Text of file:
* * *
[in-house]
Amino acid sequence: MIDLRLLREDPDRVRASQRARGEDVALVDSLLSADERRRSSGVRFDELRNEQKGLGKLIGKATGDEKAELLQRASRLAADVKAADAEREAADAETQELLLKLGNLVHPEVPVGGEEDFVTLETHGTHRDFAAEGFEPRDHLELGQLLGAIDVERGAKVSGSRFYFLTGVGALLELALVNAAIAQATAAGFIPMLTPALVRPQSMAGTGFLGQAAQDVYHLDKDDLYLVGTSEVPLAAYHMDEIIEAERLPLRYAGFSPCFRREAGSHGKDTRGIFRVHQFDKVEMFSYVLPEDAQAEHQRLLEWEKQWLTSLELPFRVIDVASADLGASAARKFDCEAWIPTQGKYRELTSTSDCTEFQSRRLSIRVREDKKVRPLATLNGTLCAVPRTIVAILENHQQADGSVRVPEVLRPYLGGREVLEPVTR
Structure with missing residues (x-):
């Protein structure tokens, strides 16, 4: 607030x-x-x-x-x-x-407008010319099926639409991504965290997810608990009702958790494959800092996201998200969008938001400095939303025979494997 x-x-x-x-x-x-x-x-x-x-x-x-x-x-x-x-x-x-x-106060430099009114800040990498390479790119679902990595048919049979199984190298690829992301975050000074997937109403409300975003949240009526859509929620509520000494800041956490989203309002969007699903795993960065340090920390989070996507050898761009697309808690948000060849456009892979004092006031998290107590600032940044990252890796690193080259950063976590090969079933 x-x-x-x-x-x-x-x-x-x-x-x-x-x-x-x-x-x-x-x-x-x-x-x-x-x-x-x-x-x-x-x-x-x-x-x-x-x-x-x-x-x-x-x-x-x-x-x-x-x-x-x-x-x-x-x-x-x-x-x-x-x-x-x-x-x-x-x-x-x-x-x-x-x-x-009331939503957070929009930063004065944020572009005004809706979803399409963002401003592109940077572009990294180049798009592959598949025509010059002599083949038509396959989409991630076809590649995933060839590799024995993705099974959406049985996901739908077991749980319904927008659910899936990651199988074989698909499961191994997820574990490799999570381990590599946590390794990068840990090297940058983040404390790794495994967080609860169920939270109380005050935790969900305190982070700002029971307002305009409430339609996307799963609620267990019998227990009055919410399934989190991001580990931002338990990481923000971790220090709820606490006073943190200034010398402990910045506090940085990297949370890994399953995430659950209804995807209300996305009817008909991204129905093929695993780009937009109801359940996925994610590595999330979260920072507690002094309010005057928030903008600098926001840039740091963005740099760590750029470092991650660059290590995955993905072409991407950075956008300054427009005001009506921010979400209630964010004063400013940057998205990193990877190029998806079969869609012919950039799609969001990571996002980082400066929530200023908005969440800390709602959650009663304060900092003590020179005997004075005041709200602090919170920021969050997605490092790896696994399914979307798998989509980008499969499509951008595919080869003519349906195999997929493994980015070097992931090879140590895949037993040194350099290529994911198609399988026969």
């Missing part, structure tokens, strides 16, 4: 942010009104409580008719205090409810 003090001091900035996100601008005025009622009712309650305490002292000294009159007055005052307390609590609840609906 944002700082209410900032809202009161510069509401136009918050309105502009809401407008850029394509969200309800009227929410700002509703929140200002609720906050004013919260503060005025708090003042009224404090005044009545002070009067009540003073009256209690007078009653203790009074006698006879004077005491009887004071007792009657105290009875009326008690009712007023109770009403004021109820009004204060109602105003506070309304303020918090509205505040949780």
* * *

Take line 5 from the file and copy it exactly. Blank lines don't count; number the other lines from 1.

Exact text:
């Missing part, structure tokens, strides 16, 4: 942010009104409580008719205090409810 003090001091900035996100601008005025009622009712309650305490002292000294009159007055005052307390609590609840609906 944002700082209410900032809202009161510069509401136009918050309105502009809401407008850029394509969200309800009227929410700002509703929140200002609720906050004013919260503060005025708090003042009224404090005044009545002070009067009540003073009256209690007078009653203790009074006698006879004077005491009887004071007792009657105290009875009326008690009712007023109770009403004021109820009004204060109602105003506070309304303020918090509205505040949780």